the gentlewoman

The New Italy

A collaboration with Giorgio Armani

A portfolio of portraits of some of Italy’s dynamic and stylish women showcasing the modernity and purposeful elegance of Giorgio Armani’s New Normal fashion line, photographed by Liz Collins.

Issue 12, Autumn and Winter 2015

Laura Sartori Rimini

Architect, Milan

New Italy

Change is afoot in Europe’s ancient cultural centre – the future is the new focus, as these four dynamic Italian women will attest. In this portrait series, they showcase the modernity and purposeful elegance of Italian fashion’s latest line, Giorgio Armani’s New Normal.

The fabulous co-founder of Milan’s architecture and interiors company Studio Peregalli, Laura Sartori Rimini is perhaps best known for redesigning the city’s beloved Ristorante Da Giacomo. “I take my Italian values with me wherever I go – beauty, craft, know-how,” she says. Laura is wearing a black jacket with mesh panels and black wool trousers. On the previous page, she’s in a grey cashmere long-sleeved dress.

Camilla Alibrandi

Photographer, Rome

Roman fashion photographer Camilla Alibrandi says she can spot an Italian woman purely from the way she dresses. “It’s all in the details,” she explains. “Italian women are very particular about cut and finishings – buttons and collars are a giveaway.” Here, Camilla’s wearing a lilac V-neck T-shirt and a black velvet pleated skirt. Overleaf, she wears a white cotton tuxedo shirt and grey wool trousers.

Alba Rohrwacher

Actor, Rome

The face of Italian cinema’s new wave, actor Alba Rohrwacher, is continually drawn back to her native Rome, where, she says, there’s no fixed style. “I prefer not to recognise where someone’s from; I like the beautiful ambiguity.” On this page, Alba wears a black cashmere-felt double-breasted jacket and grey wool melange pleat-fronted trousers. In the next image, she wears a grey wool-and-velvet coat, a navy-and-grey striped cashmere T-shirt, black wool trousers and black leather shoes.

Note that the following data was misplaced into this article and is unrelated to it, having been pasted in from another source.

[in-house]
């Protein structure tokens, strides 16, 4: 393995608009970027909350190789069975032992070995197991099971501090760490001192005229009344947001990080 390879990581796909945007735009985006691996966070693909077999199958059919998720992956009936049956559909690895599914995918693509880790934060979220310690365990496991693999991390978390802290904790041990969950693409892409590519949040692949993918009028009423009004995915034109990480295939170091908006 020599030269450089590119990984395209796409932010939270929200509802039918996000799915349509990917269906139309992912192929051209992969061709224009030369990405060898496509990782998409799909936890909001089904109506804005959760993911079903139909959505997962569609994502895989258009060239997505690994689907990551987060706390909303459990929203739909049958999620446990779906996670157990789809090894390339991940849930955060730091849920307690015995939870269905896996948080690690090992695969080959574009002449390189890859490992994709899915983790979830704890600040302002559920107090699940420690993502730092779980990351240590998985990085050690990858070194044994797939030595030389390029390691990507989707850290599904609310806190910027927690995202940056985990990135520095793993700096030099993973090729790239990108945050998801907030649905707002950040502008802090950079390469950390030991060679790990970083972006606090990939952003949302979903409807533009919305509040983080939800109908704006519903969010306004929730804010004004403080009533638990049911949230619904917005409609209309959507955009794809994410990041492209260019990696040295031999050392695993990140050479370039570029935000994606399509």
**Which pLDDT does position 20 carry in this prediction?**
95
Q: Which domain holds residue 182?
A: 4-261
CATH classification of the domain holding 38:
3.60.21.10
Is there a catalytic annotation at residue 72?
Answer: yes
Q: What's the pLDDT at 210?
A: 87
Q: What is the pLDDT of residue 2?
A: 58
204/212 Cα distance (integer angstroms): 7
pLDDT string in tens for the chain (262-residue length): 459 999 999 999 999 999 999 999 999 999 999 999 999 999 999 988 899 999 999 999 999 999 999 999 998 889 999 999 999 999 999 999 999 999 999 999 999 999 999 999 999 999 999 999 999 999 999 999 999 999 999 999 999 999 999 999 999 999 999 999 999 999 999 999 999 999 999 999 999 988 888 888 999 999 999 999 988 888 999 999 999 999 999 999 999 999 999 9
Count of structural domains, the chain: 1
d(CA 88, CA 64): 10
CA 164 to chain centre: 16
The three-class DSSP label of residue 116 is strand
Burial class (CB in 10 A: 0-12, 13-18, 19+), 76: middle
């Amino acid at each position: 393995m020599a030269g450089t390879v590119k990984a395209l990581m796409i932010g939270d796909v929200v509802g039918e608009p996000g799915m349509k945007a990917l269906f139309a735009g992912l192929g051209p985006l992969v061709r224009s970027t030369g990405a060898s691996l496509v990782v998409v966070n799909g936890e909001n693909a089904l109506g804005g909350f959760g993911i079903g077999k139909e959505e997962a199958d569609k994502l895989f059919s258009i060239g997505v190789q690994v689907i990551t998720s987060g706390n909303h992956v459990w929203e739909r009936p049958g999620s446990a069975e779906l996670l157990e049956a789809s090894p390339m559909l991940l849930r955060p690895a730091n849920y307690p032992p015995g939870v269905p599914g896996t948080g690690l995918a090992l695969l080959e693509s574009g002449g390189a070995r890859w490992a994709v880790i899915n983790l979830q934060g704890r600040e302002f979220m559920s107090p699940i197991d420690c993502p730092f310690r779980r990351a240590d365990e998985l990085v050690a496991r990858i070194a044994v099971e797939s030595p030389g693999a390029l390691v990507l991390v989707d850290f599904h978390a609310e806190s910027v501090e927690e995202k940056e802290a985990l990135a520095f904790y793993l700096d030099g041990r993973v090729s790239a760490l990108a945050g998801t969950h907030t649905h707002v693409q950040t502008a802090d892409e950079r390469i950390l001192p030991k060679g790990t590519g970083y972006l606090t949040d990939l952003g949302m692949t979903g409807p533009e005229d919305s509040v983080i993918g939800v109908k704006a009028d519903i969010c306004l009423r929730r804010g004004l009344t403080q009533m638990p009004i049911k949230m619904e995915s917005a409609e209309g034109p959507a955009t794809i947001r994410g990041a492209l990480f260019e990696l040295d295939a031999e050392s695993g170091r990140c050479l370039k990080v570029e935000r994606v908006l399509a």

Caroline Corbetta’s mission is to spotlight young Italian artists any way she can, even in the window of Milanese restaurant Il Carpaccio, in a project conceived with artist Maurizio Cattelan. “We have a lot of museums in Italy, but not many contemporary art spaces,” she says. “I’ve gathered a group of very good artists; they just need visibility.” Caroline is wearing a black cashmere single-breasted jacket and black wool trousers. The rings, worn throughout, are her own. On the next page, she’s in a black wool-and-cashmere zip-front coat, a white silk T-shirt and black wool trousers.

Caroline Corbetta

Curator, Milan